Now, as a middle-aged man, I struggle with the knowledge that I have still not told a single family member that I’m HIV-positive, only friends I consider to be my real family. I’ve performed a 20-minute monologue about being infected to rooms filled with laughing strangers. Perhaps I’ll tell the blood relations eventually. In the meantime, I cannot begin to fathom the possibility of their sympathy and potential apologies for not being there for me, or worse, the chance that they may not applaud. Some of them openly mocked my goddess-given femininity in my youth, barely supporting me in my choices to pursue the arts — not to mention the fact that a chunk of them voted for Stephen Harper and persuaded me to attend a rally on the eve of his election when all I wanted to do was sip wine, smile and ignore their retirement-fed cravings for privatized healthcare.
A spattering of relatives tried to support me in my youth, but like the few supportive classmates, they were frightened too. Infrequently in touch over email or by phone, some of them still argue against same-sex marriage. Others try to sympathize but clearly doubt my retrospective appraisal of the homophobia I felt as a child. “Oh no, not dear Aunt Mary. She was a very tolerant person for her time.” If that was the case then why did she torment me with sarcastic reports of Anita Bryant during her homophobic Florida-orange-juice-pie-in-the-face heyday?
One close relative has said he was sorry repeatedly but claims he must have been brainwashed and could not have really meant to be such a nasty homophobe in my presence. Brainwashed? I have a bit of Javex I rarely use if you need to fix that.
The vitriol and humour that coexist in my art, like the emotions that run through the bodies of those of us who have had to endure forms of sexual oppression, is released in an onslaught of onstage cathartic verbiage — like an orgy. Some clap their hands, laughing wildly, with tears in their eyes, ticket stubs in their pockets. Others are terminally tired of the tedious tell-alls. You cannot please all the people all the time.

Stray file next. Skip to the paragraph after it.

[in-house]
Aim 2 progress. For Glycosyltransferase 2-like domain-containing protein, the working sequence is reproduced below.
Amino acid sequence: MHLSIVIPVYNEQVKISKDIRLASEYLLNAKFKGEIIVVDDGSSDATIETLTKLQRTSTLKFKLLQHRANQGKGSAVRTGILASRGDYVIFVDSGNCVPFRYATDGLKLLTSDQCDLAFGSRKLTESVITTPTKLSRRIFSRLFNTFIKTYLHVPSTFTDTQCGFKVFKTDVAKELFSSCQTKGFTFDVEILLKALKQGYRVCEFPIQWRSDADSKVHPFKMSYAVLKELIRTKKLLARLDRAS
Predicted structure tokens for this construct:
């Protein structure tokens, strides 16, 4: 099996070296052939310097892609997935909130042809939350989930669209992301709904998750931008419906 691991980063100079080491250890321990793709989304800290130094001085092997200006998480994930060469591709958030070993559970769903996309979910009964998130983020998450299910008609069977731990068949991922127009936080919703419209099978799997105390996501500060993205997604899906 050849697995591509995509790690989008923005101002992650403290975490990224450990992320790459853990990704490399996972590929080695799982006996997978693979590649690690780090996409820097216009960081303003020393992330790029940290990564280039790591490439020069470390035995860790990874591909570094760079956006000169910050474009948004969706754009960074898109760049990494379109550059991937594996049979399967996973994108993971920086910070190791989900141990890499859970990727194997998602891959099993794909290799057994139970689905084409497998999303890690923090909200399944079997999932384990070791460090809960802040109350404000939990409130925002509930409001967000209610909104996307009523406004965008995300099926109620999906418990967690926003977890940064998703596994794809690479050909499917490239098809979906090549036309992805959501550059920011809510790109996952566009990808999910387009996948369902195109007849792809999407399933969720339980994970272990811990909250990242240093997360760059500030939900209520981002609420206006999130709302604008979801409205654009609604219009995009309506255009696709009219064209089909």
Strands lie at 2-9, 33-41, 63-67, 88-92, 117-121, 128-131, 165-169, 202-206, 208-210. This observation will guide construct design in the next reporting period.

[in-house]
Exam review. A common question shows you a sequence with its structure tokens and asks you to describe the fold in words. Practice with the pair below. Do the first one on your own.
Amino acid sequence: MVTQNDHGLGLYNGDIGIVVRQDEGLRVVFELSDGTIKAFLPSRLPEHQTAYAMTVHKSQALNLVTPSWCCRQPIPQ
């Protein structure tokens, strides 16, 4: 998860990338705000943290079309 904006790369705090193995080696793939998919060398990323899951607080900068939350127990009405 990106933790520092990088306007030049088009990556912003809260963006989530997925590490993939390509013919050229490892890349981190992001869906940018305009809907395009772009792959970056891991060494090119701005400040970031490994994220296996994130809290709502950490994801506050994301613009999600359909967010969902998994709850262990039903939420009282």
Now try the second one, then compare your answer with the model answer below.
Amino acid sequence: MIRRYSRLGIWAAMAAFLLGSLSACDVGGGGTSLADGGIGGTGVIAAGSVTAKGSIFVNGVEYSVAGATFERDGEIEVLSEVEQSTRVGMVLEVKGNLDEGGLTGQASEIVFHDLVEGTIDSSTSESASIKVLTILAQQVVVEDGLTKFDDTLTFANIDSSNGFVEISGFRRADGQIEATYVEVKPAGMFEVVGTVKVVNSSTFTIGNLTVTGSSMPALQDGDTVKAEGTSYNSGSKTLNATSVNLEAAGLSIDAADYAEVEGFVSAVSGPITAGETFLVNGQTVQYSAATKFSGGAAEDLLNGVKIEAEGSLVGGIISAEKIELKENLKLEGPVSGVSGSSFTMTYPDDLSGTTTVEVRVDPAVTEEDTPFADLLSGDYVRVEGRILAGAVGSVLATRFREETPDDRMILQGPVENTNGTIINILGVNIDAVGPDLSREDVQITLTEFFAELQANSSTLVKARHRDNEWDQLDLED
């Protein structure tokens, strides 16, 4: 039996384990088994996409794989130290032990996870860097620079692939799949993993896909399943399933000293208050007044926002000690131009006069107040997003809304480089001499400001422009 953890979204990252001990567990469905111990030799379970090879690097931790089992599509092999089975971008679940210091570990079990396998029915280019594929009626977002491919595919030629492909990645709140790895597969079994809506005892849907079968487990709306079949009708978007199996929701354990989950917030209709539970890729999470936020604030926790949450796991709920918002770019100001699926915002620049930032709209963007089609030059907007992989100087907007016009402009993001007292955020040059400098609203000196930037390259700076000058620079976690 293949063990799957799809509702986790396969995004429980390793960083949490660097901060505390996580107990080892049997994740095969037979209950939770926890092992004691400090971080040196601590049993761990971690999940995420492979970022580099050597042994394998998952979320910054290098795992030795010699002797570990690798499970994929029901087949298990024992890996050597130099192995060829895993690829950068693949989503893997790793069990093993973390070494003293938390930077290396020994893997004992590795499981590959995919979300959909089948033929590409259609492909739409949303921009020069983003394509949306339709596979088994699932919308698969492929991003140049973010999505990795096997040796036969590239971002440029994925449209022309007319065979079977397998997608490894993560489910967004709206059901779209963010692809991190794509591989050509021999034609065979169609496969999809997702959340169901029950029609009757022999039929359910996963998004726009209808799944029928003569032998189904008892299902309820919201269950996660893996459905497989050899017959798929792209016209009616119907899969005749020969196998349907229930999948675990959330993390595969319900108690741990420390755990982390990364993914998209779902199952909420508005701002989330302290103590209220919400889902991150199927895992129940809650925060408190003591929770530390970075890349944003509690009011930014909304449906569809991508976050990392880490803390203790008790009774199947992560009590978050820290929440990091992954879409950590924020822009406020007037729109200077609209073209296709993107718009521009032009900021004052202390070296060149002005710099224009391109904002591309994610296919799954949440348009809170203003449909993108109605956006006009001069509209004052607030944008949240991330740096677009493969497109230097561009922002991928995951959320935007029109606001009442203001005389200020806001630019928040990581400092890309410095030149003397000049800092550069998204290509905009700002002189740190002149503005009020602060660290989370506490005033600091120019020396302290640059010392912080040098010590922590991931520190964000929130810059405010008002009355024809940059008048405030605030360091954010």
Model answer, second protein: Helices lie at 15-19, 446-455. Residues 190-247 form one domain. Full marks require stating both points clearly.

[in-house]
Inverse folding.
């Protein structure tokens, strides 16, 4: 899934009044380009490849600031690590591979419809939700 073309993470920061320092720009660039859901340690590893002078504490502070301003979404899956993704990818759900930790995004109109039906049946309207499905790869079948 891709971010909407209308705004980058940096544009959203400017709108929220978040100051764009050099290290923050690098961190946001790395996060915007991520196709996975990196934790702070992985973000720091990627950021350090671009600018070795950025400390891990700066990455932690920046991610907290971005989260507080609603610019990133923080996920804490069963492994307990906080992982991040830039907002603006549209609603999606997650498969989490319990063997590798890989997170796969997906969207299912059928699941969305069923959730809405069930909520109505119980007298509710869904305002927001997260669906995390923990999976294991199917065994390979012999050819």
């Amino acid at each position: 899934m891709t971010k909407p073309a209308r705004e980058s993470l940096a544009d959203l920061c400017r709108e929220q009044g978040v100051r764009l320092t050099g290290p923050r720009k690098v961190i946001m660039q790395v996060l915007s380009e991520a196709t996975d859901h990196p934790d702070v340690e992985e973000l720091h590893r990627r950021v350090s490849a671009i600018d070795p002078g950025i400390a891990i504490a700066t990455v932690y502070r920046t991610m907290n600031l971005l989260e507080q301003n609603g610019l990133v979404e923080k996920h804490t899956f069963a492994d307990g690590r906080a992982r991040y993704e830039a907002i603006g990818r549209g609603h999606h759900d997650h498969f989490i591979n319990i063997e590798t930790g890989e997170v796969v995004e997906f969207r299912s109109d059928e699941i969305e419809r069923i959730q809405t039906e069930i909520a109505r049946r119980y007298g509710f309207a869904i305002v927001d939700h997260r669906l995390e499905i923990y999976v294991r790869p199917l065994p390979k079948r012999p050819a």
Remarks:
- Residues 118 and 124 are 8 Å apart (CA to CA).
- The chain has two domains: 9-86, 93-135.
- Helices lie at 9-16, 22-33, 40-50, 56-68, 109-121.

Frankly, who wants to dwell on all this sad stuff anyway? In the words of a Margo Channing admirer, “You’re maudlin and full of self-pity. You’re magnificent!” Why bathe in bitterness when one can simply revel in stories of same-sex teen couples kissing in the halls of an Alberta high school and be happy for the lesbian and gay couples who have been able to marry? Why? Because after a lifetime of hate and unfair legal prohibitions against same-sex union and justice, it’s way more fun to remember the bad old days in a bitchy, vengeful manner — more fun than always being the forgiving soul who feels that those terrible people from the past just didn’t know any better and that the times, they are a changin’.
As we resist the mainstream tendency to homogenize queerness into a universal experience, we may feel compelled to explore the gaps and conflicts within straight identities that queerness frequently strives to embrace, dissect and parody in a fabulous array of sight and sound. When Dame Edna Everage says something nasty and then follows it with, “I meant that lovingly, not the way it was intended,” I think of all the wonderful drag performances I have seen and how I came out to my mother just prior to a Rusty Ryan drag show. He noticed us standing by the stage, glanced at me, then looked at mother and said, “Is this your little boy?”
A few years later I took her to see Craig Russell and she asked me, “Do you think he’s gay?” As Tallulah Bankhead once said, “How the fuck should I know? He’s never sucked my cock.” The direct, stylishly vulgar way of speaking that some queer performers engage in mimics, in glittering sequin-encrusted ways, the kinds of oppressive remarks and experiences many of us were often subjected to in our youth. We reappropriate the rude and attempt to render it ridiculous — and sublime.
People call me a sourpuss sometimes, lovingly I hope. But I’m a very happy sourpuss. I spend time trying to find queerness in the most unexpected places. It can be a liberating act. Revisiting high school bullies can be both fulfilling and painful. Exposing the past in humorous ways softens the blow of memory and takes me into celebratory worlds of performative promise. Counting blessings in a violent world can become a daily chore. The list is endless. I can feel complicated joy for married same-sex couples in all their matrimonial bliss, and question the institution as it homogenizes love and romance into a neat little package. I envy aging starlets who get to play all the roles god created for me. I visit relatives, suffer through their politics, and remember that Karen Finley once said that at a certain point the only good reason for visiting relatives is to get new material for a monologue.
And if I want sympathy for past trauma, I can take the advice of brilliant tell-all artist David Sedaris. “If you’re looking for sympathy,” he wrote in Barrel Fever and Other Stories, “you’ll find it between shit and syphilis in the dictionary.”